When it comes to a national rail network, we all want better than what we have now. What can be achieved, however, has to be tempered between pragmatism and dreaming. There are a small number of groups around the country mostly tied to minority political parties not in Parliament, that produce press releases and other statements with a very small readership or following. Some of the current claims being made by these groups of what is needed include the following:
- Auckland should have a new rail line to the airport and fast trains from the city centre and Hamilton
- Christchurch should have a commuter rail network to Waipara
- Kiwirail is scrapping locomotives and wagons even though there is traffic they could be used for.
- Kiwirail must be opened up to competition through open access so that other operators can run freight trains.
- Kiwirail should not be buying Chinese freight locomotives as they use outdated technology.
- The Gisborne line should be reopened.
The problem is in fact many of these wish list items are not justified as they only relate to small volumes of traffic and significant losses in operation. New Zealand does not have a high population density. Our major cities are well spread out and this means freight tracks are not carrying a large volume or else the trains are running very long distances between two cities.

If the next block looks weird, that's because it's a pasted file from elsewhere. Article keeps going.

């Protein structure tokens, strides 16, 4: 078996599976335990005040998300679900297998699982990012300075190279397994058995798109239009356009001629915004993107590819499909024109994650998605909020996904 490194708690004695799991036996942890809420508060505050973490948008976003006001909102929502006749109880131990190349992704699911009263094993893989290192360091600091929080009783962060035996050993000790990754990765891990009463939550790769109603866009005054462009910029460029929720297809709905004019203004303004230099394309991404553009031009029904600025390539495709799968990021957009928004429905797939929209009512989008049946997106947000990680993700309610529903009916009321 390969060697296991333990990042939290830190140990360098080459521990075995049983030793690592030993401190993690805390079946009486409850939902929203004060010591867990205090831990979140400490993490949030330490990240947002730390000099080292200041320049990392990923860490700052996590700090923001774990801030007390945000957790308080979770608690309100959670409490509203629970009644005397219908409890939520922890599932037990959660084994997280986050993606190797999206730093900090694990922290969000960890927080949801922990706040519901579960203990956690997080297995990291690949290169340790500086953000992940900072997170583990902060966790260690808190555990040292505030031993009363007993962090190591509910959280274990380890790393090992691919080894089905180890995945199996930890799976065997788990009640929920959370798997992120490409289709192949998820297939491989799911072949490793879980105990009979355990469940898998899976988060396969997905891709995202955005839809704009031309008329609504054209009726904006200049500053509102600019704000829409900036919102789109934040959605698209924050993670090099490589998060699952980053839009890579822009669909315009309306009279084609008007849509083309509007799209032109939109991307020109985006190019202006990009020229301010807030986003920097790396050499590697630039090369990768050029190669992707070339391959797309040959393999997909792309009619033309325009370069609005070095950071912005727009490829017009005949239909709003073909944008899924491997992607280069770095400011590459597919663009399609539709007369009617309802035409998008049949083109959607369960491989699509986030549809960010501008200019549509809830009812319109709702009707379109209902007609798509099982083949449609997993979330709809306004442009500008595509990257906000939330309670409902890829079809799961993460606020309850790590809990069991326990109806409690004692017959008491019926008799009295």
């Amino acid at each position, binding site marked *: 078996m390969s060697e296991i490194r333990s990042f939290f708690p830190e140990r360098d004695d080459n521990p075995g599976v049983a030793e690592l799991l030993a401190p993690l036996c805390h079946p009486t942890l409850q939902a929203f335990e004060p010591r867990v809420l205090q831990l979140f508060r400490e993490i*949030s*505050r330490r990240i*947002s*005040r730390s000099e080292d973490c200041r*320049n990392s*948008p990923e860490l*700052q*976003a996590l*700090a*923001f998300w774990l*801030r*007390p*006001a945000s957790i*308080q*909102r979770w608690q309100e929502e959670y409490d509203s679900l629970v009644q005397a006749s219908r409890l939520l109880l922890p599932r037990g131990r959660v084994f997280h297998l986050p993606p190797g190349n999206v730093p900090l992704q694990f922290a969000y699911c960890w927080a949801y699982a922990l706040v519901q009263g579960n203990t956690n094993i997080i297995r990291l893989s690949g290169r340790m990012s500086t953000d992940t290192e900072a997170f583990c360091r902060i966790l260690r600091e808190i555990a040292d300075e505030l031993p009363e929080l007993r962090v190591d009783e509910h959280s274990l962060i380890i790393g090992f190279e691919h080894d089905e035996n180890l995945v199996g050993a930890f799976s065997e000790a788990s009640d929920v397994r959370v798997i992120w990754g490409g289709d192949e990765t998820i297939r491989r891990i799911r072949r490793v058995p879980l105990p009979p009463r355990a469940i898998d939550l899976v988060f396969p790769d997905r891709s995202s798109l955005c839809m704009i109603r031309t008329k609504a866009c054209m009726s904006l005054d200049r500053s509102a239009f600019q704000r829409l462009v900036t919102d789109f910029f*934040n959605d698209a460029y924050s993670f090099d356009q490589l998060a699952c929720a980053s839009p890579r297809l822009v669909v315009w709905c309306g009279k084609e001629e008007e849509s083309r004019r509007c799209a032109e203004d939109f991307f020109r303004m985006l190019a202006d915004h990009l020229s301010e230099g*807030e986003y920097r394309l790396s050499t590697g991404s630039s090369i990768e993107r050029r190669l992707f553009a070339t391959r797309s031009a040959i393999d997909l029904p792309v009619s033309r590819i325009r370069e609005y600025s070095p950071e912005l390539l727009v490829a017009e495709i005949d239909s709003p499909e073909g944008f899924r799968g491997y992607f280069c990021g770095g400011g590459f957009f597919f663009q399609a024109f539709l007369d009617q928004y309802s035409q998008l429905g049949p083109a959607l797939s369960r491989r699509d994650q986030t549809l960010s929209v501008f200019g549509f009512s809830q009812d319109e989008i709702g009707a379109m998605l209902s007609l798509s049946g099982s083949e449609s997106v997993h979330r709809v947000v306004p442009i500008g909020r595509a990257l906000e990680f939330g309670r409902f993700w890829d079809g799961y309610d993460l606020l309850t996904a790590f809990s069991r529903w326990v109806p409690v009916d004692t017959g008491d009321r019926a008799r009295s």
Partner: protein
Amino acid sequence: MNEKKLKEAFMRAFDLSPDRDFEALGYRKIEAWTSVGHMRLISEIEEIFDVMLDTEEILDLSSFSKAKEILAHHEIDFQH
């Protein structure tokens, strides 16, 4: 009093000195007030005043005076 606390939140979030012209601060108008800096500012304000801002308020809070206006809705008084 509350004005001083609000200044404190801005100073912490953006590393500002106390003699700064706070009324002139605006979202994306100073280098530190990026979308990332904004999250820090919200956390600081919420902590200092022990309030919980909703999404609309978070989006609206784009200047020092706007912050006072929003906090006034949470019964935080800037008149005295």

Looking at most of the above, we did a little research to see what the industry insiders would be saying about these issues. Surprisingly enough, apart from the well known angst over DL locomotives in terms of reliability, there is very little being said that supports most of the above contentions. Hence they cannot be taken to be particularly credible in most cases. Everyone who works in the rail sector would certainly like to see the development of more services and more trains running. However with few exceptions, the above list is largely lacking in credibility.
We forget that Kiwirail does not have the resources to operate every service they possibly could or every rail corridor they could ever want to run on. The Gisborne line is a key example of this. The problem is the National Party is now calling for the corridor review that they commissioned when they were last in office to be revisited. This would undoubtedly result in a lot of services being cut back or stopped around the country if it were implemented as it pointed to the Golden Triangle in the Upper North Island being the only section of the network that had long term viability. Down here, the Picton line has only two or three freight trains a day since the Kaikoura earthquakes.
We see the extension of further passenger services in Auckland and Wellington, and the instigation of services in Christchurch, as remaining important. The Hamilton commuter service appears to be a resource wasting wishlist that may not last much longer. Kiwirail has unfortunately bought itself a big bunfight with Auckland Transport over the poor standard of maintenance of the Auckland tracks in the last couple of years with huge disruption lately. Kiwirail is working on new freight locomotives for the South Island and shunters, and some announcements should be coming soon about these.